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Wednesday

The rise and fall of Esther

After writing the previous post I returned my thoughts to the Old Testament story of Esther. Esther, I think is one of those stories that is oft told in young women’s’ classes as a way to empower and encourage chaste young women to have faith and everything will work out. That at least is the way I viewed the story for a long time, but after reading night, and reading the story of Esther a little more critically then I would have in the past, it seems that the author of Esther was using Haman and Mordecai to contrast one another. With the rise of power of Mordecai, the uncle of Esther, Haman loses his stranglehold on the King. This is the part of the story that normally we cheer and give thanks that the good guys one, but when I started comparing the two characters a little more carefully, I wasn’t sure if I should be cheering for either one.

Both Haman and Mordecai share a number of similarities. They control the king through indirect power (Mordecai controls through Esther, Haman controls through the previous queen), they order the slaughter of the opposing character’s people (Mordecai succeeds in slaughtering the sons and daughters and followers of Haman), they both manipulate the king to carry out their orders, they both become de facto rulers of the region, they encourage the king to use capital punishment to enforce their proposed laws, and neither of them attribute their power to God. Mordecai no longer appears as the Abel to the Cain of Haman, maybe they were both just power hungry, maybe it’s just a metaphor, maybe the good thing to do is sometimes too similar to the wrong thing for me to distinguish.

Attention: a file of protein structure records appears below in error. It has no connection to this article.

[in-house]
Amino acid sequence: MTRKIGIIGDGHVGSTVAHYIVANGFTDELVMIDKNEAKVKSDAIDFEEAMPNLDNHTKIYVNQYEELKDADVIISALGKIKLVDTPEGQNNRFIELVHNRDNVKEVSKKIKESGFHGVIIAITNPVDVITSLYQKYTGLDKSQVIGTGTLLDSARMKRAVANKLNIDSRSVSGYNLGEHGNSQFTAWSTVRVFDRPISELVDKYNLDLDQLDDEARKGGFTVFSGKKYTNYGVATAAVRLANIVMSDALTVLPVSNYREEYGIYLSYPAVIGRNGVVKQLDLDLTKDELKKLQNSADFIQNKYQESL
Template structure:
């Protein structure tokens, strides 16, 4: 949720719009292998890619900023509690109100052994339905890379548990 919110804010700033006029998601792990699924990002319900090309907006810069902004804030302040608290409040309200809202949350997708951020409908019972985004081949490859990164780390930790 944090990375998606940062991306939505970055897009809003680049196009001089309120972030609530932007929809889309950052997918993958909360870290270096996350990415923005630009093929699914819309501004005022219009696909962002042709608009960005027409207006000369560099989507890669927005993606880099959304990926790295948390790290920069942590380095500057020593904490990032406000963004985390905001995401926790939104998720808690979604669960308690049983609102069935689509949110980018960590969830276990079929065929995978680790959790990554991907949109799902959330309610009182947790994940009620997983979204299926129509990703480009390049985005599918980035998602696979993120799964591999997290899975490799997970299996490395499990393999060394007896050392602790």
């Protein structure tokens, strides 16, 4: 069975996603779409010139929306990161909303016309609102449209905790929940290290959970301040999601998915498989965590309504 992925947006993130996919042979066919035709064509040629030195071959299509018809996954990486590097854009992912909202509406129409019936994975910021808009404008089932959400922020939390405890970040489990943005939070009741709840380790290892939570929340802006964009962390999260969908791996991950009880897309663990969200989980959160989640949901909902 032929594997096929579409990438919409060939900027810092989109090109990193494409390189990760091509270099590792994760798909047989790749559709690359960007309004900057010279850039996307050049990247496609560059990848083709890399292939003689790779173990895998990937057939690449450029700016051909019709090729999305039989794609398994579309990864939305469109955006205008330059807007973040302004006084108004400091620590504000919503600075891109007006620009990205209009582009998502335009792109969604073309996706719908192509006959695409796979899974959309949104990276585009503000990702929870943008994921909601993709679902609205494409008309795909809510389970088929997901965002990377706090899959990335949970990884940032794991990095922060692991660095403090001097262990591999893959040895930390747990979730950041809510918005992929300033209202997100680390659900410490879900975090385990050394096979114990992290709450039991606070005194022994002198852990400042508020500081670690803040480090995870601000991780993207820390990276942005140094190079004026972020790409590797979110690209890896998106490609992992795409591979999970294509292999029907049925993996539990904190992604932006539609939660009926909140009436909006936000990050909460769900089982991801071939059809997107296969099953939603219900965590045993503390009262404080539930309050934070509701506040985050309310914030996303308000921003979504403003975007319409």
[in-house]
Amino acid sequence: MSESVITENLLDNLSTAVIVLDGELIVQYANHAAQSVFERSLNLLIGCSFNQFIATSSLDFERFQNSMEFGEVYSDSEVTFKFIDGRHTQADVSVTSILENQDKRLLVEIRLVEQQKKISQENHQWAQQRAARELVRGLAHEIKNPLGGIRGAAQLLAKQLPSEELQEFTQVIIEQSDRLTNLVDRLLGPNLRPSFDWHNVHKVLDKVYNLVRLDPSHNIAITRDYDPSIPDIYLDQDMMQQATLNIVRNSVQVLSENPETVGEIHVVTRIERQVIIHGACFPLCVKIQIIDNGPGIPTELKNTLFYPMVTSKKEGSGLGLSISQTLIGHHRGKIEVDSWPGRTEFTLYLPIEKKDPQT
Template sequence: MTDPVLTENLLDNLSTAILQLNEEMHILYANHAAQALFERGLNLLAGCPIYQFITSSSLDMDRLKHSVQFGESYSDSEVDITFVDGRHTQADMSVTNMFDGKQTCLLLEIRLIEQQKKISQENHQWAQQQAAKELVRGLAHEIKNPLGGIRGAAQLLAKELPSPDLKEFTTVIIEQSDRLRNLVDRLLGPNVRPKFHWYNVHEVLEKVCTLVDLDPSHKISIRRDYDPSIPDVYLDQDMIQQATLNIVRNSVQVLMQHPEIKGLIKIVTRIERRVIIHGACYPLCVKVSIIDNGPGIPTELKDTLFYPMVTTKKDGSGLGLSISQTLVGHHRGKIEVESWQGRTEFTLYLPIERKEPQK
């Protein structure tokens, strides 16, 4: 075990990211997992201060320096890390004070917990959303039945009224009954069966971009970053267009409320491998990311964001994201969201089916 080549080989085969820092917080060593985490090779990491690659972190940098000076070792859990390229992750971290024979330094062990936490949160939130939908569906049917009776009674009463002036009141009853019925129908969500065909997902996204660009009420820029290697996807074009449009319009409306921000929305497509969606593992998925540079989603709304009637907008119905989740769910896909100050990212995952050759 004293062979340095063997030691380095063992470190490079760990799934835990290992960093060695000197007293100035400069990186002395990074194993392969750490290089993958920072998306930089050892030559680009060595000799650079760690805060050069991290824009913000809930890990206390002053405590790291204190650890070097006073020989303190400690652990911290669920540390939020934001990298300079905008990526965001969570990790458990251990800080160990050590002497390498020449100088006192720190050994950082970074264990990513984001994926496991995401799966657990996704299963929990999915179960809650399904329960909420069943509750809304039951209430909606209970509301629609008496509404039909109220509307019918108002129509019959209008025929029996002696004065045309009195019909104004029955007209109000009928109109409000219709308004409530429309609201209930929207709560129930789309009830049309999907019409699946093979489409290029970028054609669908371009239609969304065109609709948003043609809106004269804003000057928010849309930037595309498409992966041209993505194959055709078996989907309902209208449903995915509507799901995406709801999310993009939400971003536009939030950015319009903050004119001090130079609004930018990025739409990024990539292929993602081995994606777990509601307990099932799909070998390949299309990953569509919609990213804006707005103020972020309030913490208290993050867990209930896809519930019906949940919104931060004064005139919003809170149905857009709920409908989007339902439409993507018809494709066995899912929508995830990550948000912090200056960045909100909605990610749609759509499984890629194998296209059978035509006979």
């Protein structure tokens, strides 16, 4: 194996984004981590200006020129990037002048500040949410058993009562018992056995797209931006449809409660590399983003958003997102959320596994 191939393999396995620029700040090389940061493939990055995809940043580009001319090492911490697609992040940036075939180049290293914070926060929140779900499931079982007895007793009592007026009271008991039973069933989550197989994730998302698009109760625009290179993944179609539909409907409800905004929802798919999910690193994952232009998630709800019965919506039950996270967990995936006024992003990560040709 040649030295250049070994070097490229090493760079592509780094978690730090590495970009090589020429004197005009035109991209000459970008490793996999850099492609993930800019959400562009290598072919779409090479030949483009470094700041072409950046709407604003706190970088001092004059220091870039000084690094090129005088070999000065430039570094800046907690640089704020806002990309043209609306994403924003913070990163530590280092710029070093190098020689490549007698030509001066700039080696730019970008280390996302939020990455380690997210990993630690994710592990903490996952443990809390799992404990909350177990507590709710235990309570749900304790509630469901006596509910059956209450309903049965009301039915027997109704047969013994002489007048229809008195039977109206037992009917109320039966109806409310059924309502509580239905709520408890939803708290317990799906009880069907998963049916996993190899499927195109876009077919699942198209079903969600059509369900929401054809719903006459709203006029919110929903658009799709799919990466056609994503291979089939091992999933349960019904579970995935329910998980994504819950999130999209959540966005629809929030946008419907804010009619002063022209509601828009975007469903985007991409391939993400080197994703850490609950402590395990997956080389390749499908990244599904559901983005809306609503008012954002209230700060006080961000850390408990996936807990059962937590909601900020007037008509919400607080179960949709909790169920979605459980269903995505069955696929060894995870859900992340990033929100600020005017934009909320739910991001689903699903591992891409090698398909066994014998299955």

The rise and fall of Haman and Mordecai, that’s what I think I’ll refer to Esther as from now on.

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The date of no longer official singleness (official means legally)